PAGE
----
Published on September 29th, 2015 | by Jim Lee


WOW air brings back introductory fares from Dublin as it ponders expansion

Following the success of its Dublin to Reykjavik route, which carried almost 3,300 passengers with a load factor of 81%, in the first month of service on the route, WOW air, announced the return of its introductory offer of €133 one way transatlantic fares, including taxes, for Irish customers. The fares from Dublin Airport to Boston and Washington DC via Reykjavik went on sale on 16th September are were available on selected dates between 1st October to 15th December 2015, and 10th January to 10th March 2016. The flights from Reykjavik to the USA are operated using WOW air’s fleet of two Airbus A321-211 extended range aircraft, TF-DAD and TF-MOM. The airline’s Airbus A320 aircraft carry passengers from Dublin to Reykjavik on the first leg of the journey, although the larger A321s or the smaller 144-seat, A319-112, OY-RCH, leased from Atlantic Airways, are sometimes substituted. There is then a two hour layover ahead of onward travel to the US. Direct scheduled service between Dublin and Reykjavik are also available from €69 one way including taxes and charges.

Skúli Mogensen, CEO of WOW air, said: “Modern travellers are smart travellers. They prefer to spend less money on airfares so that they can spend more on experiencing their destination. We are thrilled to be able to make transatlantic travel accessible for people who otherwise would not be able to afford it. We made a promise to keep offering low fares between Dublin and the USA, and these new €133 fares are proof of this.”

WOW Air in flight (WOW air)A quick check on their website (, confirmed that one-way fares to Reykjavik are indeed available from €69, on several dates in October, for example, but rose as high as €255 on others. Return flights from Reykjavik to Dublin start from €79.77 in October. However, being a low cost carrier there are a number of extra charges, for pre-booked seats, food and checked in luggage. WOW Air allows one cabin bag of less than 5kg for free but one 20 kg (44 lbs) checked in bag will cost either $38 or $67 (€34.69/€61.16) per flight, of less than four hours, or $48 or $67 (€43.82/€61.16) for flights over four hours, depending on whether the bag is booked online or at check-in.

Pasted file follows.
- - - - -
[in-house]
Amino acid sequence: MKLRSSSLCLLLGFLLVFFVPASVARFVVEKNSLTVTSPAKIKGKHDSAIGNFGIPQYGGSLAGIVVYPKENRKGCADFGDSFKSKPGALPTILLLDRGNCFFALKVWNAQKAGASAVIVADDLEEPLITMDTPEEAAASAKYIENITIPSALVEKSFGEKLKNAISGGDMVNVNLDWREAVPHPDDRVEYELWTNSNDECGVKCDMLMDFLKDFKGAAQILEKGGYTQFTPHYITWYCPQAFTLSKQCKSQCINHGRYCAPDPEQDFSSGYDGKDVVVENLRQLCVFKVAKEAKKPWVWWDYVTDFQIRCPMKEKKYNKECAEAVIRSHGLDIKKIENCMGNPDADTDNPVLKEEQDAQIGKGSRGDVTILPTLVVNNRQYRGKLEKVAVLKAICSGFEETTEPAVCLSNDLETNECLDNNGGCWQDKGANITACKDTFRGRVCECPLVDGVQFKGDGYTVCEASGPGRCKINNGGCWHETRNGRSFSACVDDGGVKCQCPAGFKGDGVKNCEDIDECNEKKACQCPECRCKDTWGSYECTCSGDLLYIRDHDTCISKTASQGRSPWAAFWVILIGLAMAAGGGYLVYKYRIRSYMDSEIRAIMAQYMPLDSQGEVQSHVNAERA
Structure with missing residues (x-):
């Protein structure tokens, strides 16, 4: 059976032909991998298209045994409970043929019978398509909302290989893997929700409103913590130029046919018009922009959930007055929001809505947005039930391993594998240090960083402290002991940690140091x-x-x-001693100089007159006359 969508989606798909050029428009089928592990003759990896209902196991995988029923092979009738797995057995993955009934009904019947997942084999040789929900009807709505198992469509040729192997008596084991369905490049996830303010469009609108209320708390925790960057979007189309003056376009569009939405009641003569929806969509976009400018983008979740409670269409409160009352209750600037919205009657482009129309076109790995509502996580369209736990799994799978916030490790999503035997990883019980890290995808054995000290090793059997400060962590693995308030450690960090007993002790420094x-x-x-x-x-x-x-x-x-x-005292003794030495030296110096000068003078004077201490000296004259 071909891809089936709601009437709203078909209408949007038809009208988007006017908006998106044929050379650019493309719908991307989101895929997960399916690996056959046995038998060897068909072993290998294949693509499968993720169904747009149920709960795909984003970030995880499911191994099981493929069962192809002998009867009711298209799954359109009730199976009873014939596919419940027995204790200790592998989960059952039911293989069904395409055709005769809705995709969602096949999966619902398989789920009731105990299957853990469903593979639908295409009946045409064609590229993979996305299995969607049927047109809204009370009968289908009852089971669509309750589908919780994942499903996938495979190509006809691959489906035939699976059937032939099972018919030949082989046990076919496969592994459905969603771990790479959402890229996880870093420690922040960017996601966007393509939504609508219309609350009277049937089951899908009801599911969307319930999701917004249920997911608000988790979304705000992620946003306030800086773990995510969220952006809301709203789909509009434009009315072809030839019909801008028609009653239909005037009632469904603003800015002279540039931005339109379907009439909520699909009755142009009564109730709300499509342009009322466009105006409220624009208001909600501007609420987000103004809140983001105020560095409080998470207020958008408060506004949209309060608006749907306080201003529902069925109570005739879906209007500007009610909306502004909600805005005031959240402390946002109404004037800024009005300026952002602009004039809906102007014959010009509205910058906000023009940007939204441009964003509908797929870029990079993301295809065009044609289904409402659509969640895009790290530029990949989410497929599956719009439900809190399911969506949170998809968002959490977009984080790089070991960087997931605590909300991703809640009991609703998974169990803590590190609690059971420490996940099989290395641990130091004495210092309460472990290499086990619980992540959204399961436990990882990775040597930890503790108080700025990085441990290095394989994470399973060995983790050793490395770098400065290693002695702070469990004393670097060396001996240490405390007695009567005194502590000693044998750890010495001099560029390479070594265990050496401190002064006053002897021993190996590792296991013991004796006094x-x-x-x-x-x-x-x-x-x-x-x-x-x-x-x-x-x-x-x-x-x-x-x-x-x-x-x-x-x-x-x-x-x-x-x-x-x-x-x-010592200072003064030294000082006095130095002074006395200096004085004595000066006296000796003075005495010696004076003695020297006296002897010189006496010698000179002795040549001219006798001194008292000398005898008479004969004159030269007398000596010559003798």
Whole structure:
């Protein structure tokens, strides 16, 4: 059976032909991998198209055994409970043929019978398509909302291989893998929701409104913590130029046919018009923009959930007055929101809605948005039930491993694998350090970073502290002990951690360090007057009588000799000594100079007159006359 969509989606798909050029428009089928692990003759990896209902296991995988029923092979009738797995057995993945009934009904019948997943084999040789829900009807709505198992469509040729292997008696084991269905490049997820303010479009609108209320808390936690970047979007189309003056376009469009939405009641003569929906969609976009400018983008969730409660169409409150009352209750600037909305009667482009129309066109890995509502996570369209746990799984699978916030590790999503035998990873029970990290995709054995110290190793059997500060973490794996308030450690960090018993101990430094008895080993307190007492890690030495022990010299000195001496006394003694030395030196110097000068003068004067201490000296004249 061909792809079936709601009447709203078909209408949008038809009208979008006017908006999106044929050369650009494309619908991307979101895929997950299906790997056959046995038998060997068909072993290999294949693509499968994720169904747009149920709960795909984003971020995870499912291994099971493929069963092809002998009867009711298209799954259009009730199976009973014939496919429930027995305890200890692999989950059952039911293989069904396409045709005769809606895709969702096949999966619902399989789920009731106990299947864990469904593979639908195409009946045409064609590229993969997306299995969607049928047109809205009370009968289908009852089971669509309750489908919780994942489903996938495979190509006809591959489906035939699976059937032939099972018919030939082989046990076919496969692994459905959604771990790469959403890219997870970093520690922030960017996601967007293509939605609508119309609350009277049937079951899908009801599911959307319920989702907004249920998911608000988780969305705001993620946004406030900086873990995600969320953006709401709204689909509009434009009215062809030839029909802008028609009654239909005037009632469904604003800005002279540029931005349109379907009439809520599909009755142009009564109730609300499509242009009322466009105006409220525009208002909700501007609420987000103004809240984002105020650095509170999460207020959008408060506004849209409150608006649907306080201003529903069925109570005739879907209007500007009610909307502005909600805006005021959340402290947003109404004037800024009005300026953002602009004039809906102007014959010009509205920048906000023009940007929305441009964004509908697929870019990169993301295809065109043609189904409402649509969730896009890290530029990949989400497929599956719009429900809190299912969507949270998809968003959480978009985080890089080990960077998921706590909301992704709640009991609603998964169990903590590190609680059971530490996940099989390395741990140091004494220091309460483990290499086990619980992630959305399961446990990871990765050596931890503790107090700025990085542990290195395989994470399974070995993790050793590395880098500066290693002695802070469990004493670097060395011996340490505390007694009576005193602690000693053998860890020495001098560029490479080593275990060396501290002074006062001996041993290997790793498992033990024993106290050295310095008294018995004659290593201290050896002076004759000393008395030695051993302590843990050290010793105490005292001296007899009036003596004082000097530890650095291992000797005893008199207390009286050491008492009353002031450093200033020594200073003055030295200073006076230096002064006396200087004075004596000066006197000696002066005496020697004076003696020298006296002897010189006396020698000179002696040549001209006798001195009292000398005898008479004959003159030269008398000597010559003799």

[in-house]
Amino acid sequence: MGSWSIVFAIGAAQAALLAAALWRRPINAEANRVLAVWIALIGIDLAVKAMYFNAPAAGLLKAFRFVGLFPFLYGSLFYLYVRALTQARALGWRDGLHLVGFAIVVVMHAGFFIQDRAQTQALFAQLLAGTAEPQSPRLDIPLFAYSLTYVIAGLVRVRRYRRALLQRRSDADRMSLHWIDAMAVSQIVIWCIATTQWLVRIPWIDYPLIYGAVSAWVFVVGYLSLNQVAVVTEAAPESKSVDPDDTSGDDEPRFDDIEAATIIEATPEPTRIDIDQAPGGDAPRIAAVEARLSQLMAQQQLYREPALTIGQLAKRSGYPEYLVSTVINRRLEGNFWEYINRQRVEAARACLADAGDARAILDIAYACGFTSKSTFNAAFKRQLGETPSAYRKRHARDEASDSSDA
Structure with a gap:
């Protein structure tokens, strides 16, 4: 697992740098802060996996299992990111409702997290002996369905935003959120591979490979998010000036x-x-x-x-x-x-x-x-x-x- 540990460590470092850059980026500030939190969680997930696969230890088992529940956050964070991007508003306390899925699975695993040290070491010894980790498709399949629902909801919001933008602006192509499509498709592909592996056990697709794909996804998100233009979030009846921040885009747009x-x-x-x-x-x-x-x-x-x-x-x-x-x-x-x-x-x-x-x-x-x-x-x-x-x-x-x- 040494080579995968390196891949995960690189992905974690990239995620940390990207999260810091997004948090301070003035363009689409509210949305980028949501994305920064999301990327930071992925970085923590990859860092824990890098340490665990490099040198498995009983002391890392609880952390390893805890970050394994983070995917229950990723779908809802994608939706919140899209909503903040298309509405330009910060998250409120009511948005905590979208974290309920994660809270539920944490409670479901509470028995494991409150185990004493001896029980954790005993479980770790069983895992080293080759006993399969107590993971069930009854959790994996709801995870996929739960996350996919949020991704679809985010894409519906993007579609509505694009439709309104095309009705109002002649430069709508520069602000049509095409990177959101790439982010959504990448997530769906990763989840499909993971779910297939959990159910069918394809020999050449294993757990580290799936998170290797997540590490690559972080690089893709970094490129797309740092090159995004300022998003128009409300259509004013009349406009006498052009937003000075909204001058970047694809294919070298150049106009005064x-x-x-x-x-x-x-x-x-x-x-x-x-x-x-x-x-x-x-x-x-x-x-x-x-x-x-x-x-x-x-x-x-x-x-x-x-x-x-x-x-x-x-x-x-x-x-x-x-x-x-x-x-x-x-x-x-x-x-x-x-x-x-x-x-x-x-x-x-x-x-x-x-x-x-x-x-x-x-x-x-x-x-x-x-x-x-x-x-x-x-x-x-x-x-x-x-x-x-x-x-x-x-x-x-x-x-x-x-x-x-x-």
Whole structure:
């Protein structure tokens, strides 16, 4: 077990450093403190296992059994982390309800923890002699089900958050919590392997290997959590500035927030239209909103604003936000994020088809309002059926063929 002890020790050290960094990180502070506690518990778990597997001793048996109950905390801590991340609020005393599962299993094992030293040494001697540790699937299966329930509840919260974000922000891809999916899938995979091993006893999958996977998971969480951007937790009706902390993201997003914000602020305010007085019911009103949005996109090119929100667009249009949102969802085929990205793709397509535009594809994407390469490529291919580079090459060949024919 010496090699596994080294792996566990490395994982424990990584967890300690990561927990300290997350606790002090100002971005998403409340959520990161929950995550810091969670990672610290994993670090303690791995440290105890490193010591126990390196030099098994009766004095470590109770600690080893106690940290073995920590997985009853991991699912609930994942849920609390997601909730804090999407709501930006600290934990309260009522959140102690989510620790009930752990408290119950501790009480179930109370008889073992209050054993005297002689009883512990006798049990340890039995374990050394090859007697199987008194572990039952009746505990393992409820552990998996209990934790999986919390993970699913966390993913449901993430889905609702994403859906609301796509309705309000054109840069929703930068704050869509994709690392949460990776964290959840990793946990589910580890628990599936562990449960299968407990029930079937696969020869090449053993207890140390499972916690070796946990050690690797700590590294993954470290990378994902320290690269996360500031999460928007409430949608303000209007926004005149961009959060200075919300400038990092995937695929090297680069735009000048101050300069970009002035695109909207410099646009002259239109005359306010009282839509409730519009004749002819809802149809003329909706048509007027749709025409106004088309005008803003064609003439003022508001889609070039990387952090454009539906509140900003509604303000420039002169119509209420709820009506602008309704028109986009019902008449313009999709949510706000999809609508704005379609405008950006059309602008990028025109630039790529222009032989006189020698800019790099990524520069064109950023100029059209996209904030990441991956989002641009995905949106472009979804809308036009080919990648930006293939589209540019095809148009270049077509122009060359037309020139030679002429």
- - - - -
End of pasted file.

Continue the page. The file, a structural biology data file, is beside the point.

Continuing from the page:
We previously noted that WOW air, enjoyed a sharp increase in passenger numbers system wide in June 2015. These figures were up 49% compared with the same period in 2014. Some 83,000 passengers travelled with WOW air during the month, with passenger load factors also up to 84%, an 8% increase over the same period the previous year. This has prompted WOW air to engage in talks to buy two more Airbus A321s, which will help it add more trans-Atlantic destinations and increase its foothold in the low-cost long-haul travel market. The new additions, which will bring Wow Air’s fleet to seven, will be used for new routes to North America from next spring, adding to the airline’s existing Boston and Baltimore-Washington International destinations.

WOW air cabin crew“We will be adding a couple of A321s,” Mr. Mogensen, confirmed, but declined to say, who the airline is in talks with, to buy the new aircraft “When we go into a market, we have become more and more confident that we can, with the low prices, do enough stimulation to grow the market sufficiently,” he said. WOW aims to increase its passenger numbers from 750,000 this year to up to 1.3 million in 2016 and six million by 2020. Attaining such target would apply a fleet of more than 30 aircraft by 2020. Such growth would require some external financing. “It would be the prudent, correct thing to do, to bring in the right investor,” Mr. Mogensen added, but did not give specifics or details on timing. WOW air is also on track to make a profit 2015, a first since it was established four years ago.

Meanwhile, WOW air has taken its A320-200 operations in-house once again by registering and operating the two ex-Air Via A320-200s that the Bulgarian carrier had previously operated on behalf of the airline. Following in the tradition of registrations used on the A321s, the two aircraft have been registered TF-SIS (ex LZ-MDC c/n 4270) and TF-BRO (ex LZ-MDD c/n 4305). They were first noted in service as follows, TF-SIS on 12th – 13th September operating on the Reykjavik London Gatwick and TF-BRO on 18th September operating on the Reykjavik – Copenhagen route. TF-SIS first appeared on the Dublin route on Tuesday 22nd September operating the WOW852/3.

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About the Author

Jim has had a life-long interest in military matters and aviation. Initially, he fused both of these interests together with a passion for military aviation, initially as a photographer. He has travelled extensively over the years and has been the guest of many European air forces, plus the air forces of the United States, Russia and others throughout the world. His first introduction to journalism coincided with an interest in the civil aviation industry was when he initially wrote for and later edited, ‘Aviation Ireland’, the club magazine of the Aviation Society of Ireland. Jim was a contributor to Flying in Ireland since its inception over 10 years ago and is now a key contributor to this site. He has also contributed items for a number of other aviation magazines and has produced a number of detailed contributions to Government policy documents, most recently the Irish Government’s White Paper on Defence. He is also deeply involved in the local community and voluntary sector and has worked both in local government and central government.

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